Our collection of children's picture books featuring Black and Indigenous people and People of Color (BIPOC) is available to the public. You can use the Search Tool below to find titles. *Inclusion of a title in the collection DOES NOT EQUAL recommendation.* See our related readings page for suggested tools for evaluating books.
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Jorgito lives in San Francisco's Mission District, but has not forgotten his native El Salvador. His memories of the volcanoes, his grandmother's stories, and the cornmeal "pupusas" form a patchwork of dreams that becomes a movie in his pillow.
When Dede sees a notice offering land for black people in Kansas, her family decides to quit sharecropping and become homesteading pioneers.
Nanook and his father Babook are Inuits living in the Alaskan tundra. Their story is set in the 1940’s, when Nanook was just twelve years old, and hunting and fishing were the only way to feed his family. Nanook watches as his father prepares for a fishing trip and is excited when Babook decides he’s finally old enough to go off on his own. Before he goes, Babook warns Nanook to stay in Big Bend, a safe area free from bears. However, Nanook ignores his father’s warning, roams too far, and soon finds himself in a dangerous situation. When Babook rescues him, he demonstrates a father’s unconditional love, and Nanook learns a valuable lesson. --publisher
"African American George Fletcher loved horses from an early age. When he unfairly lost the 1911 Pendleton Round-Up to a white man, the outraged audience declared him "people's champion"--Provided by publisher
Traveling west with her pioneer family in a wagon train, Rose meets Minnow, who lives in a native American village along the banks of a river.
The bountiful world of their ancestors was no more -- the result of white settlers' relentless westward movement in the U.S. A Paiute visionary, Tavibo, and his son each dreamed that if Native peoples danced, the white people would disappear and the ghosts of the wildlife that had been decimated would return. The ghost dance movement began in the U.S. in the 1800s, in hope as native peoples came together to dance for their shared dream. The dream failed and they tried again. Again the dream failed tragically. But the vision and the dream still call out to all people, envisioning a future when all Indian peoples would be united, disease would vanish, and the earth would be regenerated and restored. --publisher's site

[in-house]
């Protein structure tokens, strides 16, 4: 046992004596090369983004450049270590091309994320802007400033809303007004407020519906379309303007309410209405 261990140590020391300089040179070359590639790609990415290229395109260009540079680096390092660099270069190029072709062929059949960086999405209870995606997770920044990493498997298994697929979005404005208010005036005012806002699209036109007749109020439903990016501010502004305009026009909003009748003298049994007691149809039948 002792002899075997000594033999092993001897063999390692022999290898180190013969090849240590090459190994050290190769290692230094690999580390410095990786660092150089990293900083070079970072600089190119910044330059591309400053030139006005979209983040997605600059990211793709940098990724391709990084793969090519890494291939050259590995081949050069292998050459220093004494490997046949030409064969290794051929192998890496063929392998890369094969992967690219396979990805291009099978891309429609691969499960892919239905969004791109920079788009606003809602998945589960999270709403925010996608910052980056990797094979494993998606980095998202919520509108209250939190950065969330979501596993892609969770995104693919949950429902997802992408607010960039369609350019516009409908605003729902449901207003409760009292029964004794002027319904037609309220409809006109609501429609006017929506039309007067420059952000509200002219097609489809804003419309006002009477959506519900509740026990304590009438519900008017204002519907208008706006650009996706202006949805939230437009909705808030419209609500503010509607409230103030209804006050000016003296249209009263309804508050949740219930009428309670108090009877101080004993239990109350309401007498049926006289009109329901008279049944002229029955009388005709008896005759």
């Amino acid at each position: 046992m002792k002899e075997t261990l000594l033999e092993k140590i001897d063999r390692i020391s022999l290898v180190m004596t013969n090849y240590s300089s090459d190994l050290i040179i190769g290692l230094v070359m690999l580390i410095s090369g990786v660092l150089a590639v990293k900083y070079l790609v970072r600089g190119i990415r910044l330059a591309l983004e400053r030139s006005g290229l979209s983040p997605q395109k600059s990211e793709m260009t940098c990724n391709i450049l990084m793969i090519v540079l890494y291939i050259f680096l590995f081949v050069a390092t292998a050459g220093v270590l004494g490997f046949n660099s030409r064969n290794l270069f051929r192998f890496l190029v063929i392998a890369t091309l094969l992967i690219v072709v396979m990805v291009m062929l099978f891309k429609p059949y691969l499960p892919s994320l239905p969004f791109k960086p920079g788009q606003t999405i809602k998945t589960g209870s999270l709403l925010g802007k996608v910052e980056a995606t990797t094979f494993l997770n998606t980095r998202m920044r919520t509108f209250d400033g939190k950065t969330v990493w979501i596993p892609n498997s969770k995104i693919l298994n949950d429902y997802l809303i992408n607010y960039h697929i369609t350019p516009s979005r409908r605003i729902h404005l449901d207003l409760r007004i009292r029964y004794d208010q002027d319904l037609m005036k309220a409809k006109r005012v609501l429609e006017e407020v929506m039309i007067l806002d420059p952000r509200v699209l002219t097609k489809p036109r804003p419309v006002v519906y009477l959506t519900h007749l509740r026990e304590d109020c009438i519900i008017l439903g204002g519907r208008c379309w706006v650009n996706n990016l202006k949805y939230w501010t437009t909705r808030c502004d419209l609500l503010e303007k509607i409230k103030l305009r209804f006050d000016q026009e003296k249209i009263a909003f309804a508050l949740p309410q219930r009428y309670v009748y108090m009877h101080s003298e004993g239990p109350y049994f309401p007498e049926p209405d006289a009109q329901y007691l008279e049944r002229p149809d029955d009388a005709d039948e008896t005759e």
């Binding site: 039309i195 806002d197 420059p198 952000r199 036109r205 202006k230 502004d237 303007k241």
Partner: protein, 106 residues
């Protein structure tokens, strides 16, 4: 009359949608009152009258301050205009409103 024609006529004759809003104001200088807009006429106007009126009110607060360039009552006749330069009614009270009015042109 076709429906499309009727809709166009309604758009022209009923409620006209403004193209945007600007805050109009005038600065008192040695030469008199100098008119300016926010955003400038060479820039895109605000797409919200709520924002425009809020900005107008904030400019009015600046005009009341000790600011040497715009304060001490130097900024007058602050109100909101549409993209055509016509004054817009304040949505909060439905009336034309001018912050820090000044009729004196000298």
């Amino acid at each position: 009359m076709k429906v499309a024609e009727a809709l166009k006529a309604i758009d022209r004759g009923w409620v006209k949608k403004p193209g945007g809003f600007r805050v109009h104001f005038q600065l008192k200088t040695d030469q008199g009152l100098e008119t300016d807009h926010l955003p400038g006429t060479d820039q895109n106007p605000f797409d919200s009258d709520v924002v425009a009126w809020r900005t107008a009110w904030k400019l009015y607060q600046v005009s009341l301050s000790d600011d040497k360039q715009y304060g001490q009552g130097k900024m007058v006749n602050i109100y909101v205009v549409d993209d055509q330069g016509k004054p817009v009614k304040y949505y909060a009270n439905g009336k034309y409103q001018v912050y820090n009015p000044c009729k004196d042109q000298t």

Imagine a childhood full of adventure. Where riding horses, playing in the woods, and hunting for food was part of everyday life; where a grizzly bear, a raccoon, or a squirrel was your favorite pet. Such was the childhood of American Indian author Charles Eastman, or Ohiyesa (1858- 1939). Michael Oren Fitzgerald adapts Eastman's 1902 memoir of his childhood, Indian Boyhood for a younger audience. Eastman was born in a buffalo hide tipi in western Minnesota and raised until age fifteen in the traditional Dakota Sioux manner. He was then transplanted into the "white man's" world, where he went on to become a medical doctor, field secretary for the YMCA, and co- founder of the Boy Scouts of America.
Chulyen, a trickster raven, loses his nose in an embarrassing incident, but vows to get it back. With the help of magic powers, Chulyen devises a caper to retrieve his missing nose, and learns an important lesson along the way. Part picture book, part graphic novel, this story is a modern retelling of a traditional Alaskan Dena'ina fable that kids of every age will love. -- From back cover
Peyton loves to dance, and especially at pow wow, but her Auntie notices that she's been dancing less and less. When Peyton shares that she just can't be comfortable wearing a dress anymore, Auntie Eyota asks some friends for help to get Peyton what she needs. |cPage 4 of cover
Finding circles everywhere, a grandfather and his granddaughter meditate on the cycles of life and nature.